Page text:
Looking At The Ads… Okay, Just One.

Don’t get me wrong.

I like some of what Bill Clinton did as President. But then again, I like some of Reagan too. However, there’s a slight issue I have with Mr. Clinton’s latest Obama ad.

In the ad, you can watch here courtesy of YouTube, the former President talks about how Romney’s plan is to go back to deregulation. Here’s a quote:

This election, to me, is about which candidate is more likely to return us to full employment. This is a clear choice. The Republican plan is to cut more taxes on upper-income people and go back to deregulation. That’s what got us in trouble in the first place.

Okay, Mr. former President Clinton. Let’s look at the deregulation that “got us in trouble in the first place.”

First of all, be it known that in my world neither the Democrats or Republicans are blameless. Both screwed the situation up badly and left us in the mess we find ourselves in right now.

Quick history:

  • 1920s: In a nutshell, people were going to the bank to take out a loan to go gamble in Las Vegas. In a stock market craze, American’s bought stocks on “margin.” Loans were given based on the idea that the stock would rise beyond the loan value and everyone would make money. Along came 1929.
  • As a part of FDR’s First Hundred Days, the Banking Act of 1932 and 1933 were passed. These “reform” acts were designed to prevent a future Depression from ever happening again. Beside creating a FDIC, the Banking Acts (later known as the Glass-Steagall Act after the two Congressmen who authored the bills), separated commercial banking from investment banking.
  • 1977. The Carter Admin authors the Community Reinvestment Act (CRA). The CRA, vaguely written and hardly enforced, authorized banking regulators to ensure that insured banks were serving the “whole” community.

1993. The incoming Clinton Administration, working on a 1992 Boston Federal Reserve Study on home loans, encouraged lending institutions to revisit their loan policies. At the behest of Clinton Regulators, banks had to prove that they were meeting a quota of loans made to low- and moderate-income borrowers. In other words, banks were encouraged to create innovative and flexible loan policies to get people who would otherwise be unable to get a home loan. A 1994 HUD National Homeownership Strategy, promoted by Clinton, called for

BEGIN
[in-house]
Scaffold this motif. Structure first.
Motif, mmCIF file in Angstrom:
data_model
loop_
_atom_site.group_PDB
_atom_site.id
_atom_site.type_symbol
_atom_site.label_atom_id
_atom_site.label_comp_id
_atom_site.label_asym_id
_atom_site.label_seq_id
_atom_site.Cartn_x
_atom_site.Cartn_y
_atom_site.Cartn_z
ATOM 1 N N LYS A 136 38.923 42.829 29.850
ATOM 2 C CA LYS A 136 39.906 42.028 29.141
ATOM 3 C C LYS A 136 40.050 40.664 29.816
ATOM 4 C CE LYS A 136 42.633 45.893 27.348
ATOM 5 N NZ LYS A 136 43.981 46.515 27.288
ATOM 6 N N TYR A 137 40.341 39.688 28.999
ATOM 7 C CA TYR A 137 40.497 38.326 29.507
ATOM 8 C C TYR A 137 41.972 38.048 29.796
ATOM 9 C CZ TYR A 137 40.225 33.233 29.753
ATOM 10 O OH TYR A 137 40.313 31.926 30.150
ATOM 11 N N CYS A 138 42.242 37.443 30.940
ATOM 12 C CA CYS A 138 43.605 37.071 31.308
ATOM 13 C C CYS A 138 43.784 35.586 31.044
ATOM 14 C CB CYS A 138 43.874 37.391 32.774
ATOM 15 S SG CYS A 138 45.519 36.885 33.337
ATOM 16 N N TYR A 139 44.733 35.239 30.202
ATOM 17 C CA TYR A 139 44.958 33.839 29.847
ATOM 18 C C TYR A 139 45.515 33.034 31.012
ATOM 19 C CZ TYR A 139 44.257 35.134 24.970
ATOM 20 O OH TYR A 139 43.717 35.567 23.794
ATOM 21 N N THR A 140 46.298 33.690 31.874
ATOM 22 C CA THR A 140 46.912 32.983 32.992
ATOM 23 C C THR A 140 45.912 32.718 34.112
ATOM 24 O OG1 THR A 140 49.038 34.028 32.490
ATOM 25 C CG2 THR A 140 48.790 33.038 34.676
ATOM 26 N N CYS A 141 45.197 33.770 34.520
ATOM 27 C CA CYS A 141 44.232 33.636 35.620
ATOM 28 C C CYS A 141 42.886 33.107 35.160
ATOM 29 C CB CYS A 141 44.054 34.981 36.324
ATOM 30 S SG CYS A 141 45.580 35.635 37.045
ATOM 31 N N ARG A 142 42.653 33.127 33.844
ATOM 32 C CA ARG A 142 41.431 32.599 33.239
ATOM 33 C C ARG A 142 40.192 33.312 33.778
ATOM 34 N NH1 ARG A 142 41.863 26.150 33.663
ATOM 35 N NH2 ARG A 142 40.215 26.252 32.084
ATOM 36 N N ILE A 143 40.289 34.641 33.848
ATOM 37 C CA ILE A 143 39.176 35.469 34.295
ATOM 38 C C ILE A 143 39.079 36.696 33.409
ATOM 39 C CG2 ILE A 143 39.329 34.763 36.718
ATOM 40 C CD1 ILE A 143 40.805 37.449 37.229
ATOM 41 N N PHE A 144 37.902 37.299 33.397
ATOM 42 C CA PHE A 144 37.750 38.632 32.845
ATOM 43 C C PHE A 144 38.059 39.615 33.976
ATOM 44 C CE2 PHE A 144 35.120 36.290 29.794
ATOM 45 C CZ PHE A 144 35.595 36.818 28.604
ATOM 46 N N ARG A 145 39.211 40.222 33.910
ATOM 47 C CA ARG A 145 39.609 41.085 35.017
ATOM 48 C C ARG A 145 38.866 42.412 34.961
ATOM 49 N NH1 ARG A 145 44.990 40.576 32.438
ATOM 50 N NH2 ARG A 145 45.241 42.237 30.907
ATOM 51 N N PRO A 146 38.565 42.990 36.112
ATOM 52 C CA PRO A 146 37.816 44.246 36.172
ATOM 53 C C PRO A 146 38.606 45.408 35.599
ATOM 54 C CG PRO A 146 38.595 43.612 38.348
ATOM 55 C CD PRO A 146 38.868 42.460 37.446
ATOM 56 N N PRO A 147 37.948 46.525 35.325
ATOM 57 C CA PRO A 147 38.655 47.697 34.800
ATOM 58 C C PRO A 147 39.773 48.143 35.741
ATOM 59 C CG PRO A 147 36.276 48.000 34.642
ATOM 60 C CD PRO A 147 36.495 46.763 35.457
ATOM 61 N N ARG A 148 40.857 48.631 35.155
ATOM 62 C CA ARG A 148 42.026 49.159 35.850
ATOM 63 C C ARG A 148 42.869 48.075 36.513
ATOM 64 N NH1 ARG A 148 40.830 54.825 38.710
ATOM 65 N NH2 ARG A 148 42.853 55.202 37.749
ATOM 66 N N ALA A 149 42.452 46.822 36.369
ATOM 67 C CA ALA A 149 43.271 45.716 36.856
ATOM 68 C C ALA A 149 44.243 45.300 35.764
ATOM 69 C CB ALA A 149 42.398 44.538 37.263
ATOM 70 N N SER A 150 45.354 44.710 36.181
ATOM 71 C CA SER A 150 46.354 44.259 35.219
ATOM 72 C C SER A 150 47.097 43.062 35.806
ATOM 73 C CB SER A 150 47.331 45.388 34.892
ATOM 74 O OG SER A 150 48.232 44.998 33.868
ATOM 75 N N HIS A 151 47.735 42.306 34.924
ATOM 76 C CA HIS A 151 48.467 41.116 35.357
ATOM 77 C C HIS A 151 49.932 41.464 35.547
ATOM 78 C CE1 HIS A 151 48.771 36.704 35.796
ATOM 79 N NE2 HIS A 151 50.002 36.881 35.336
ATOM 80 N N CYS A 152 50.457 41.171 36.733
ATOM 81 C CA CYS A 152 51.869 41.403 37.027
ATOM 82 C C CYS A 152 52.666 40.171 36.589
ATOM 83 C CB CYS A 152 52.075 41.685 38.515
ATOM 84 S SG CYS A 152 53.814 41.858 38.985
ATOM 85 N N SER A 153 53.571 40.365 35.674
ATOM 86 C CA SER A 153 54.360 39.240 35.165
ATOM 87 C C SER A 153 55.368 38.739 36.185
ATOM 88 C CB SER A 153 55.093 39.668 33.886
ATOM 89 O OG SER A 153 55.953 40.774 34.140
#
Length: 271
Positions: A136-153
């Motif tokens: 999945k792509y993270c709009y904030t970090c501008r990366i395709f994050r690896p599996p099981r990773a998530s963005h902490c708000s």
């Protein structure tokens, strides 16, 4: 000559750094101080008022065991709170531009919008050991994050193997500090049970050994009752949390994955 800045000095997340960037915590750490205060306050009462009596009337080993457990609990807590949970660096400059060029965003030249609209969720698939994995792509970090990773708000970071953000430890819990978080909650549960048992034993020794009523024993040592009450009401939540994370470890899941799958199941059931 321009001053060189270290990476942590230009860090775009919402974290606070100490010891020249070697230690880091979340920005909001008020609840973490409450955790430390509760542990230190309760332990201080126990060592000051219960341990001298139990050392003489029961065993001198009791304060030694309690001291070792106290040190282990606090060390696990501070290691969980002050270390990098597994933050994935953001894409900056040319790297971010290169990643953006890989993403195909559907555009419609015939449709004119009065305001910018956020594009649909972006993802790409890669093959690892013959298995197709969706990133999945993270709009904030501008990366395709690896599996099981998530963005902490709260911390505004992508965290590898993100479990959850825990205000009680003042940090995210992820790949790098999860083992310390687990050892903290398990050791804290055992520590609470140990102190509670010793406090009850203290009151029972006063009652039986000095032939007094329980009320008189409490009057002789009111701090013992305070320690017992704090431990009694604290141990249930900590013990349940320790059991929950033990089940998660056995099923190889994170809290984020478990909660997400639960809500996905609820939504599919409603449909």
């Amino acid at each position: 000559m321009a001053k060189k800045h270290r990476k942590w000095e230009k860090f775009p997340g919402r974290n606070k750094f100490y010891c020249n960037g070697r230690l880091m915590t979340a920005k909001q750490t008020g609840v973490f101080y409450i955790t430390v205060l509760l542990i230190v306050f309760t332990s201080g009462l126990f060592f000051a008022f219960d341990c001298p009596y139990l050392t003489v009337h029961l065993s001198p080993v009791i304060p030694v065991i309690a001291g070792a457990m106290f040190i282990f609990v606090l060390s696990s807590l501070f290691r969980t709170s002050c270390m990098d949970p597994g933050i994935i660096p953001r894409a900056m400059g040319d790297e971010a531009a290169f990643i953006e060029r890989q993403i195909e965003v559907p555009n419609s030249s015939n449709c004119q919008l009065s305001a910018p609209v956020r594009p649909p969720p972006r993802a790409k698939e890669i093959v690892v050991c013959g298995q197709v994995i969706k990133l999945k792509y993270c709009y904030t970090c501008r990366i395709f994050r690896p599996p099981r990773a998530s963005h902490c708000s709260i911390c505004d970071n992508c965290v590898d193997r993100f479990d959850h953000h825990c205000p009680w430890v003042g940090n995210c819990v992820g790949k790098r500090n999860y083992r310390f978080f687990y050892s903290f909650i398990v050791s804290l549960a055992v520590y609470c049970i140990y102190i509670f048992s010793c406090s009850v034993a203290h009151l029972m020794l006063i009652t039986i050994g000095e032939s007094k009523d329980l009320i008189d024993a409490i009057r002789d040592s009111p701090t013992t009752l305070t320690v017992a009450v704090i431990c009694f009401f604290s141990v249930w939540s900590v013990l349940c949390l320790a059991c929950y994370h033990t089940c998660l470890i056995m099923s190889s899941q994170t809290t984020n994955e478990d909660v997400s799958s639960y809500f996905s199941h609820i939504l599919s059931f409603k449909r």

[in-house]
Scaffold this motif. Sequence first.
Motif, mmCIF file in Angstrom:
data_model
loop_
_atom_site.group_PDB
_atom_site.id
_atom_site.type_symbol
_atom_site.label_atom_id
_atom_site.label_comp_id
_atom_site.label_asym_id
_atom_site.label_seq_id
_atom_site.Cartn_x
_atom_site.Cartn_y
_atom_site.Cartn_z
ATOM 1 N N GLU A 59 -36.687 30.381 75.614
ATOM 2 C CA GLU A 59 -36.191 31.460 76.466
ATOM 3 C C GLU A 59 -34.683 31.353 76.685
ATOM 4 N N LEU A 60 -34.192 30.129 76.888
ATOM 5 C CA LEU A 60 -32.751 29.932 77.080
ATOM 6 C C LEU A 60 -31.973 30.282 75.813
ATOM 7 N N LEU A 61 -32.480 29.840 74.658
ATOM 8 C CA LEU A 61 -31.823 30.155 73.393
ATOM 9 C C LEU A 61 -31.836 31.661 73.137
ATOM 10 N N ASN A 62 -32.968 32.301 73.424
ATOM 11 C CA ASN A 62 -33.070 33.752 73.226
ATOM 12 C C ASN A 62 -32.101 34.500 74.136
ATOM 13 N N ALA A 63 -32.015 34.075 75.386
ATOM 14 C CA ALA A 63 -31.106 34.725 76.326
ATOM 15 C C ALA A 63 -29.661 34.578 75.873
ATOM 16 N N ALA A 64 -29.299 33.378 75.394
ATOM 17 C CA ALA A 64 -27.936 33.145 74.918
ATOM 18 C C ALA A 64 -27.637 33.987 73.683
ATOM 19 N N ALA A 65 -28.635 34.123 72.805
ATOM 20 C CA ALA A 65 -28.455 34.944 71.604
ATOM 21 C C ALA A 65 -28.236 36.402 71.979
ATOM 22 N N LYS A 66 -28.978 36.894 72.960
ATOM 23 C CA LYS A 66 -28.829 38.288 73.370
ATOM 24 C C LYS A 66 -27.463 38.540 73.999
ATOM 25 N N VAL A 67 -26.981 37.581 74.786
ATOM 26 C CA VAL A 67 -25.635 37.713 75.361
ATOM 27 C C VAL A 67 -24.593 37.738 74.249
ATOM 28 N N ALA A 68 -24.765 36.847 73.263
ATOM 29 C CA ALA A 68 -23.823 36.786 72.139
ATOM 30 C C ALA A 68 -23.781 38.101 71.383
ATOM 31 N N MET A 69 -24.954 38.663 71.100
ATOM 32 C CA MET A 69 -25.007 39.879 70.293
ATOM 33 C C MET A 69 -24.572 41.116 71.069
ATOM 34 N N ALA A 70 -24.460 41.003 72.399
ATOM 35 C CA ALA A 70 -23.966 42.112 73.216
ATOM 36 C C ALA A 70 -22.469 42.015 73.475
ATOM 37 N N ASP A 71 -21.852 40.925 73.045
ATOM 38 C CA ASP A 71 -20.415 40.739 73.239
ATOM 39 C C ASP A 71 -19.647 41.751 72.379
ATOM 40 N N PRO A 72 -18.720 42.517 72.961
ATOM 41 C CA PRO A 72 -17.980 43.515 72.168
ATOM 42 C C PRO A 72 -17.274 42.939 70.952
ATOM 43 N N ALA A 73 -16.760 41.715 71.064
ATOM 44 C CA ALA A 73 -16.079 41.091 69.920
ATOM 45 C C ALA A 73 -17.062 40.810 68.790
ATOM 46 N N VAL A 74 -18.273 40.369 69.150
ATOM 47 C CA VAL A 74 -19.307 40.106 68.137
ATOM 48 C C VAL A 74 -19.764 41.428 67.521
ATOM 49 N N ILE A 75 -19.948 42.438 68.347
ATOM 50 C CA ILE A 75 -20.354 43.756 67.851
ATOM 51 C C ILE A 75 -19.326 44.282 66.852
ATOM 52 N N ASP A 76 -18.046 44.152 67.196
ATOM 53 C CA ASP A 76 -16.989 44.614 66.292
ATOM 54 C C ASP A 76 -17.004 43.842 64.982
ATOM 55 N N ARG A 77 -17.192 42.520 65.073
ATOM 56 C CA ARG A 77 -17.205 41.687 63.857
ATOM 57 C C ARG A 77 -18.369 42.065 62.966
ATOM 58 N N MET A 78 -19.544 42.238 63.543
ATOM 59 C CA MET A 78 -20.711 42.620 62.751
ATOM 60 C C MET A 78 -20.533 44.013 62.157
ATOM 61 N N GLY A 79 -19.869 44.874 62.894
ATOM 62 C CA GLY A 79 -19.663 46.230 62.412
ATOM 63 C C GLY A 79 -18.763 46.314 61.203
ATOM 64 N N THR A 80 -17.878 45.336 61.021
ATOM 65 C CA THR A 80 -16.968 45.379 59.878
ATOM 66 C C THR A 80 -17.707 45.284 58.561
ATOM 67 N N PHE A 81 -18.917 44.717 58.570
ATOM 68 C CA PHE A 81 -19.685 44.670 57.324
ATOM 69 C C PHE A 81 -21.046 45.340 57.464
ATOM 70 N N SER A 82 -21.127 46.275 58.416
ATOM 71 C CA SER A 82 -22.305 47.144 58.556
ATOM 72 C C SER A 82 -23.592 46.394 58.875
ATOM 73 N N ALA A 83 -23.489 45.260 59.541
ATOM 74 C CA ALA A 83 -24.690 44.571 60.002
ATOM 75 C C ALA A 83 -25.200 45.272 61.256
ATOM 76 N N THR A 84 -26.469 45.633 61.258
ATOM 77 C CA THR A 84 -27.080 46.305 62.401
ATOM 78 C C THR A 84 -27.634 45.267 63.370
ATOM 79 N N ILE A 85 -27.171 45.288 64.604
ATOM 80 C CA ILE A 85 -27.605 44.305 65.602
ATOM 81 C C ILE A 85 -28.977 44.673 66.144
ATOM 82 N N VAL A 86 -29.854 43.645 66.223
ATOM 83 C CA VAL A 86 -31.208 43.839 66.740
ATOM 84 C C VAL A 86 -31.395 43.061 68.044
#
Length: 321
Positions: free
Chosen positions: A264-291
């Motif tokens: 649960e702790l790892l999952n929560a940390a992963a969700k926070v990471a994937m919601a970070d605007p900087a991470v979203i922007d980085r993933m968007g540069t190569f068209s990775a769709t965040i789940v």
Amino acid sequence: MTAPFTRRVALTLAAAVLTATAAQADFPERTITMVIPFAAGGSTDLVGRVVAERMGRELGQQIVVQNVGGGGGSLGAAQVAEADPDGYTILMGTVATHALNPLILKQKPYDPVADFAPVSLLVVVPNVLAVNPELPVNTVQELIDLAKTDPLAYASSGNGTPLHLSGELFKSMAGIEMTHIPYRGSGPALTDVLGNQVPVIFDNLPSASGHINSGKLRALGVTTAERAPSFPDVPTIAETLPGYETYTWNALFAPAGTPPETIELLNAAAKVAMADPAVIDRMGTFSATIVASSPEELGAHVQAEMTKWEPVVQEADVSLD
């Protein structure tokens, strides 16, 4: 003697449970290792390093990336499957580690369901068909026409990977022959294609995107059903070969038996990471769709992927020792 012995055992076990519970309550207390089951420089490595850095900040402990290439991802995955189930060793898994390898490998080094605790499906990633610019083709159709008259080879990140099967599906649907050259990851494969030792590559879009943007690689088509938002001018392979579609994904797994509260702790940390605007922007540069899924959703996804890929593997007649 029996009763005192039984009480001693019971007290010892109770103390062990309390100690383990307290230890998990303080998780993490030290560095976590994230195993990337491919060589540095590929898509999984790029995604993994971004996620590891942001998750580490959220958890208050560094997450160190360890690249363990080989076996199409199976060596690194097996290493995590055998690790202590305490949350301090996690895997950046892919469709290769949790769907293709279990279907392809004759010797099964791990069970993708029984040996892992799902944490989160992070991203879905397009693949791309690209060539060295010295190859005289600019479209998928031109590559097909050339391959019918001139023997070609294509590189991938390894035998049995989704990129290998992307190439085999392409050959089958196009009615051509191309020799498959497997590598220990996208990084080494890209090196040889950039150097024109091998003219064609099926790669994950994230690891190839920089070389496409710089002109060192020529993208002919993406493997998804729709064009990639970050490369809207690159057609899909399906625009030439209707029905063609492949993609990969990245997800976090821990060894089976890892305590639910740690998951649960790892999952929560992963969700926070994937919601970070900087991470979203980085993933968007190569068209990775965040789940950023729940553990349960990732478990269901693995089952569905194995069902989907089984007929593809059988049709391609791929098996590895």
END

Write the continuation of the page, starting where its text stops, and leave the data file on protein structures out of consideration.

“financing strategies, fueled by the creativity and resources of the private and public sectors, to help homeowners that lack cash to buy a home or to make the payments.”

On top of this, Freddie Mac and Fannie Mae were also encouraged to open up the purse strings so that everyone could be homeowners.

Not to be out played in the “we-like-the-little-people” game, Republicans pushed through the Gramm-Leach-Bliley Act which undid all things Glass-Steagall. After nearly twenty-five years of lobbying from the banks, Wall Street and Main Street Banks were once again able to merge policies, institutions, and lending practices. The reform effort of FDR to prevent another Great Depression went by the wayside. What we had was a massive housing speculation (more commonly called “flipping”) and eventually a collapse of the value of middle-class family home prices.

This brings us back to “…deregulation. That’s what got us in trouble in the first place.”

By encouraging banks to be “creative” and flexible in their lending policies, Clinton dismantled every oversight that the banks had establish for themselves in their lending programs. If that’s not deregulation, then maybe I don’t understand the term.

Deregulation. It’s not just something the Republicans are good at.

It’s time we put on our thinking caps as we listen to these campaign ads.

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3 thoughts on “Looking At The Ads… Okay, Just One.

  1. It’s funny how politicians from both parties talk about “regulation” as if it’s a dial you can turn from low to high. There is bad regulation (40-page filings that don’t get used) and good regulation (you aren’t allowed to dump toxic chemicals in rivers, or lie to people when selling them financial products). I think the debate over the financial crisis tends to miss this.

    • As a teacher I see it every day with students: They don’t want to be treated like “kids” but yearn for rules and structure. The citizenry needs rules, true. Otherwise we’d all turn out living like Thomas Hobbes theorized. I just like to think that there’s a limit to how much “rule” the government needs to impose, and how much we should just work with common sense.

      With the financial crisis, the regulations (whether imposed by corporations or by the government) were working. When the Clinton Admin loosened up the lending policies and when the Gramm-Leach Act remarried main street banks to “other” lending lines all heck broke loose. Sure, for a while people were making a big dollar flipping houses, the middle-class had disposable income and played the market (housing and stock), but eventually the bubble had to burst like it did in 1929. To say that the middle-class was better off during the 90s is a misnomer. We were living in a tech boom (dot.com’s) and a housing surge (though overly bloated). Just look at Facebook’s IPO to see how well the dot.com boom went for most and we are all feeling the after affects of the housing crisis.

      Regulation is just what it is: Government’s attempt to keep us from doing stupid things because we’ve lost our compass on right and wrong. I spill hot coffee in my lap, the government must regulate coffee temperatures at restaurants.

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